Bad officials are elected by good citizens who do not vote: George Jean Nathan, American Drama Critic and Editor.
It seems like we’ve been trapped in a paradigm like the movie Groundhog Day, where every morning the radio starts the day with the same political rhetoric as the day before, and it seems to never end. Well, fellow Canadians, it will end this Monday night, unless the vote is so hopelessly close as to put us into a never-ending series of minority governments with elections every 6 months.
This week, I wanted to share some fun and wisdom on Canadian politics.
One thing about vote-speak, you must never say anything that can be proven to be an absolute commitment. Three words you will seldom hear as a complete answer to a question: Yes, No, and, I don’t know. The response/promise/commitment is more likely qualified, has a timeline in excess of the next mandate and starts out with a succinct response:
- “Let me say this about that” …. and the thought that goes with it (think fast – what am I supposed to say?)
- “I’m glad you asked me about that” (No I’m not! But I need to get the answer to the question about Arctic Ball Hockey over to ship-building in Halifax – seamlessly)
- “Let me make this perfectly clear” (and confuse the heck out of all of you who won’t remember the question that was asked in the first place.)!
But if you think things have been nasty this time around, consider some of the insults from years gone by, in the house and out (from the Oxford Book of Canadian Political Anecdotes):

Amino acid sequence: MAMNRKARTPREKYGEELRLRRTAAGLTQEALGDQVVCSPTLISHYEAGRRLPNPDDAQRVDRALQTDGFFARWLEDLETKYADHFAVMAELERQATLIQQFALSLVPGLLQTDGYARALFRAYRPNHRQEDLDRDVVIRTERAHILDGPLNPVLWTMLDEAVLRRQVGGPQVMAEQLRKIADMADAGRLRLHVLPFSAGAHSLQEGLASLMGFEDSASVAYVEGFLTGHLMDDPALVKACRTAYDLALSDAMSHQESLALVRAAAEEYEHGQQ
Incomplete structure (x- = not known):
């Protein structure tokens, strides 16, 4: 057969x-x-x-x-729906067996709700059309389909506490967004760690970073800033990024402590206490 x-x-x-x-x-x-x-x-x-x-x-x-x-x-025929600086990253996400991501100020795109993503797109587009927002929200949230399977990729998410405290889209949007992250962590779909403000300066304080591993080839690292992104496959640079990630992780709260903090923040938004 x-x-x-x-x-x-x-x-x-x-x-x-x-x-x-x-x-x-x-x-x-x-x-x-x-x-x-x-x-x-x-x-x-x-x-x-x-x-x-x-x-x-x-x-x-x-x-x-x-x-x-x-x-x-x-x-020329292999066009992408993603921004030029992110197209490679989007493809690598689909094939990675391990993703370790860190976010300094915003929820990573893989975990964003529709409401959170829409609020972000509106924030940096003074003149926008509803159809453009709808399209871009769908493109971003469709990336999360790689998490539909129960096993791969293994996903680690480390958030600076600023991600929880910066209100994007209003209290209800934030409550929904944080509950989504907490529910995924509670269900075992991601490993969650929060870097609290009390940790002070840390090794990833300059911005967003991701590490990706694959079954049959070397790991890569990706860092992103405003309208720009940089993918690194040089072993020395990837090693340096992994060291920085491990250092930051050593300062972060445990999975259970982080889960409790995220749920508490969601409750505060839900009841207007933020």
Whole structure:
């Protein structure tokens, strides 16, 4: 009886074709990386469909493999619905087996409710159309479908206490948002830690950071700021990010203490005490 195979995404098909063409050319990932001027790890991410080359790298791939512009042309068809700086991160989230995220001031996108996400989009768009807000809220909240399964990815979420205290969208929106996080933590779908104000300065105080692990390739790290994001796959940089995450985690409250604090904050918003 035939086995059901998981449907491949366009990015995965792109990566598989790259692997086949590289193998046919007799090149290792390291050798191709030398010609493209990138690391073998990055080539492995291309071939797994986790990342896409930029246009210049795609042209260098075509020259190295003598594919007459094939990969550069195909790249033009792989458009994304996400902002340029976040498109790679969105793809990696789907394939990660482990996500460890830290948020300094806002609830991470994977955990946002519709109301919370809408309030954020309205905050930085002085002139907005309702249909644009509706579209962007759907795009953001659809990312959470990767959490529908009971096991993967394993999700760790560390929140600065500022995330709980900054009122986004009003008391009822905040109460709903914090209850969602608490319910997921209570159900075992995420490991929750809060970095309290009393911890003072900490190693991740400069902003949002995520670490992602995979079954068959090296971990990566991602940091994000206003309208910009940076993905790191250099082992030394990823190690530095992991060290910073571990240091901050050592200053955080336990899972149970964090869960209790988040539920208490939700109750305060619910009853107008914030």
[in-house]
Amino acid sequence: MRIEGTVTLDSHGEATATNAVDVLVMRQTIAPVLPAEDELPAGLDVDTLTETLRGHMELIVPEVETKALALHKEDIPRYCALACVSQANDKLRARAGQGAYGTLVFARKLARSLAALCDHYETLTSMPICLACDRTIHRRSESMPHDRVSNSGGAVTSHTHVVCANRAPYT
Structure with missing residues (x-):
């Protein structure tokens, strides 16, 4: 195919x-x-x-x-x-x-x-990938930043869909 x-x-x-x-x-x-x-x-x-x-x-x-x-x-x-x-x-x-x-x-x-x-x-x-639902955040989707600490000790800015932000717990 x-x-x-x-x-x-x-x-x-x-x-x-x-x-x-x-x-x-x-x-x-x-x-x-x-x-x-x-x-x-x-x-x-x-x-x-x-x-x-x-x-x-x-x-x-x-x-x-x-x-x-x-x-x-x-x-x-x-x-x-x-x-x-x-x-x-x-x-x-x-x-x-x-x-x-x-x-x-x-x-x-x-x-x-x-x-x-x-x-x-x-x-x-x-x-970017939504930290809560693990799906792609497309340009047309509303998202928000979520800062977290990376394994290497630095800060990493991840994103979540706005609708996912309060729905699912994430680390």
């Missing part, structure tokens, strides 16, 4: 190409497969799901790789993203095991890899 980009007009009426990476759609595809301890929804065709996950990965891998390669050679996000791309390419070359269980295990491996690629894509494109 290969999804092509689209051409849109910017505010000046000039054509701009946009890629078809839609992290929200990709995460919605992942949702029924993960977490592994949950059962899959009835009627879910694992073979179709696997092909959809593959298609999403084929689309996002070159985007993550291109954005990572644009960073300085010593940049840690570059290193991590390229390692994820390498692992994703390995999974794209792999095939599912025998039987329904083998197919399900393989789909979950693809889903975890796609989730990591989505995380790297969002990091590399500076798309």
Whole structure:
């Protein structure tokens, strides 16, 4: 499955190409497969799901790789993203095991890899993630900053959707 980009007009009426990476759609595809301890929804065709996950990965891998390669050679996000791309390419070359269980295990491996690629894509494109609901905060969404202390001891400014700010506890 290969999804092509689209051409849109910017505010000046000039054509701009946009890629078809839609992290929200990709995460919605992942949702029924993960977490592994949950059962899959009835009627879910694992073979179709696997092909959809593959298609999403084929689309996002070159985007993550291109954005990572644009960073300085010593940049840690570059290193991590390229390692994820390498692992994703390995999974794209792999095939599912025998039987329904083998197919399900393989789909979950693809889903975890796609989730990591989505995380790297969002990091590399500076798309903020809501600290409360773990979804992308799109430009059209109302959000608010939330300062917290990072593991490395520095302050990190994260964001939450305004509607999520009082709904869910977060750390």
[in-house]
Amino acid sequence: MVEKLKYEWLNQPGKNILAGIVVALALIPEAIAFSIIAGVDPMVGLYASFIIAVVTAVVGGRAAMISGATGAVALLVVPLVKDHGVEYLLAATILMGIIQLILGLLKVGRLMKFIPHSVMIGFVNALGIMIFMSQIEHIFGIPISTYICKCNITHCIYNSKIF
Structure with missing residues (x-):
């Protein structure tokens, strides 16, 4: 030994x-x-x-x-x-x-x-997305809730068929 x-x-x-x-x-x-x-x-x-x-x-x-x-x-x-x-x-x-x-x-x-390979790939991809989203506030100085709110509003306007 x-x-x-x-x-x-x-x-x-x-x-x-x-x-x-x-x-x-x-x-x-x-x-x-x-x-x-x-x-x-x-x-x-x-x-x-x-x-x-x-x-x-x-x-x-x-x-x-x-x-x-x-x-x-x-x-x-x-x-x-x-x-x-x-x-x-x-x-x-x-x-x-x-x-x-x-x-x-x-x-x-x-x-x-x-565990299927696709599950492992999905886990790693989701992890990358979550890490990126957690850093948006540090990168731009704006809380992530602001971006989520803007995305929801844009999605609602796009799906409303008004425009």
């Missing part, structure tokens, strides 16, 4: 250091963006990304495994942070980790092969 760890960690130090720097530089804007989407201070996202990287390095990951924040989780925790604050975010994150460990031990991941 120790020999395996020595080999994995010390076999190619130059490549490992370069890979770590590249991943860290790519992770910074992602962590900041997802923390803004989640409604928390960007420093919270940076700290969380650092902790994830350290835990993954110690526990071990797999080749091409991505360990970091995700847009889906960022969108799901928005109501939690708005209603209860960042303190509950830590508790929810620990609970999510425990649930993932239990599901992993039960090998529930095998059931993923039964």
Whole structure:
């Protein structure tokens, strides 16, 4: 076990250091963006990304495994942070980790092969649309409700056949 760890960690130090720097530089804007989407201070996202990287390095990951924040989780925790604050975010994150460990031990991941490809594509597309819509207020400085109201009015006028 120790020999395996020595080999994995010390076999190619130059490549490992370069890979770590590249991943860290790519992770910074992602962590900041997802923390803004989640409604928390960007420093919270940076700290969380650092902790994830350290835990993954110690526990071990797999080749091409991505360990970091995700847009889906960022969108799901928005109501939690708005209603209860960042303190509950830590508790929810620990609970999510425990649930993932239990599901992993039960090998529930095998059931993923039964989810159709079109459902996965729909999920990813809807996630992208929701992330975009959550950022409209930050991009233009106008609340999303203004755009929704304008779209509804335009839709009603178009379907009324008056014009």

- During the election of 1863, Sir John A. Macdonald threw up during a campaign speech and when his opponent pointed this out, Macdonald responded: “I get sick, not because of drink (but because) I am forced to listen to the ranting of my honourable opponent!”
- John Diefenbaker whose 1958 campaign left painted footprints on fences, sidewalks and walls saying, “Follow John.” After he had a falling out with fellow Conservative Flora MacDonald he quipped, that she was “The finest woman ever to walk the streets of Kingston.”
- About the man credited with getting away with an “F bomb” in the House of Commons claiming he had only uttered “fuddle-duddle,” David Lewis, the Leader of the NDP in 1969 proclaimed, “There, but for the grace of Pierre Elliot Trudeau, sits God.”
- In 2005, when a Liberal cabinet minister was asked by reporters whether he offered an ambassadorship to Tory MP Inky Mark in return for Mark giving up his seat in the House of Commons, thus making the Liberals’ minority government a little more secure, he replied, “Frankly, if I was going to recruit somebody, I’d go further up the gene pool.”
- You got to love a man who knows where he’s going: “My strategy has always been to stay on course unless a change, of course, is announced. And if it is, of course, we will announce it.” John Turner former PM.
I’ll leave you this week with the words that Pierre Elliott Trudeau had pasted in his daily briefing book. It may be prophetic at this point in the election, but it would always be useful to keep in mind as our politicians move to the next election….whenever,
“O Lord, help my words to be gracious and tender today – tomorrow I may have to eat them.”